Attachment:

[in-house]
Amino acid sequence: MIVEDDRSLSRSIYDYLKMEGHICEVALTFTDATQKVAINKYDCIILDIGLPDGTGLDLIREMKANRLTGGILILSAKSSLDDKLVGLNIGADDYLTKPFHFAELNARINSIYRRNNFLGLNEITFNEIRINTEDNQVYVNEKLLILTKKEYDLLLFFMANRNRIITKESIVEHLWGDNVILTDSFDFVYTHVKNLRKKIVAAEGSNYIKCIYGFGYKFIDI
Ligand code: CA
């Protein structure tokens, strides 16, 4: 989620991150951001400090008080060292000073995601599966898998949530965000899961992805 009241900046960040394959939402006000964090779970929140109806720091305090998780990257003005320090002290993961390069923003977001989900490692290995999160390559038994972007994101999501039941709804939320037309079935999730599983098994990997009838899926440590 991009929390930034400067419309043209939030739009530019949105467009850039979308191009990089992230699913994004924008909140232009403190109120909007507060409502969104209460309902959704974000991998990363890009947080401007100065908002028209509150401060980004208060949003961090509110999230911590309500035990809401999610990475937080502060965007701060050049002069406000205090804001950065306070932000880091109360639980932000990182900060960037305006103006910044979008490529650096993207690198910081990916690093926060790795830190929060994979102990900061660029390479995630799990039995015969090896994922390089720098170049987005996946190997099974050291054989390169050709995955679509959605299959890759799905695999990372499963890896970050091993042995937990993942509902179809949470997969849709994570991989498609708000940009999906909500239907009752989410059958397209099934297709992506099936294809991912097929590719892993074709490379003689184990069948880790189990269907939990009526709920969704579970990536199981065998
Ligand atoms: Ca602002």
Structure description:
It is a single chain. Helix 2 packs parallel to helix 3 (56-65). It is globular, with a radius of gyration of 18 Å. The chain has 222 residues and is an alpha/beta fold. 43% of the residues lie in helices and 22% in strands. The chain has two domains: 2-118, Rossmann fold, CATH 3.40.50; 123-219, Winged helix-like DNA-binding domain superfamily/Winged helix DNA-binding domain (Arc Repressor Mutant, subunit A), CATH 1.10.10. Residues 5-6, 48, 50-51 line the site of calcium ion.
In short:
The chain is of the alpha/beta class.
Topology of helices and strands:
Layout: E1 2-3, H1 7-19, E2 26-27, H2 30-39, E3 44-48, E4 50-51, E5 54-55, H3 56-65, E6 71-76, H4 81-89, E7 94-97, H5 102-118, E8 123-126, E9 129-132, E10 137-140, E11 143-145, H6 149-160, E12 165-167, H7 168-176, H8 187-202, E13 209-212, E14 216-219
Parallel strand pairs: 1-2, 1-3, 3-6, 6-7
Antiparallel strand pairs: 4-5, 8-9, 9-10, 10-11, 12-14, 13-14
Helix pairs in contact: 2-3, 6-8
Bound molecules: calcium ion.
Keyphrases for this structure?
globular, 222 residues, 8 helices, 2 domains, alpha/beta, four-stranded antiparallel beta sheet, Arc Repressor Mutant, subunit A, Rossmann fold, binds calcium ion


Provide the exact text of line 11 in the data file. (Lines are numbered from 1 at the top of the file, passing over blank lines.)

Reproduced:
Layout: E1 2-3, H1 7-19, E2 26-27, H2 30-39, E3 44-48, E4 50-51, E5 54-55, H3 56-65, E6 71-76, H4 81-89, E7 94-97, H5 102-118, E8 123-126, E9 129-132, E10 137-140, E11 143-145, H6 149-160, E12 165-167, H7 168-176, H8 187-202, E13 209-212, E14 216-219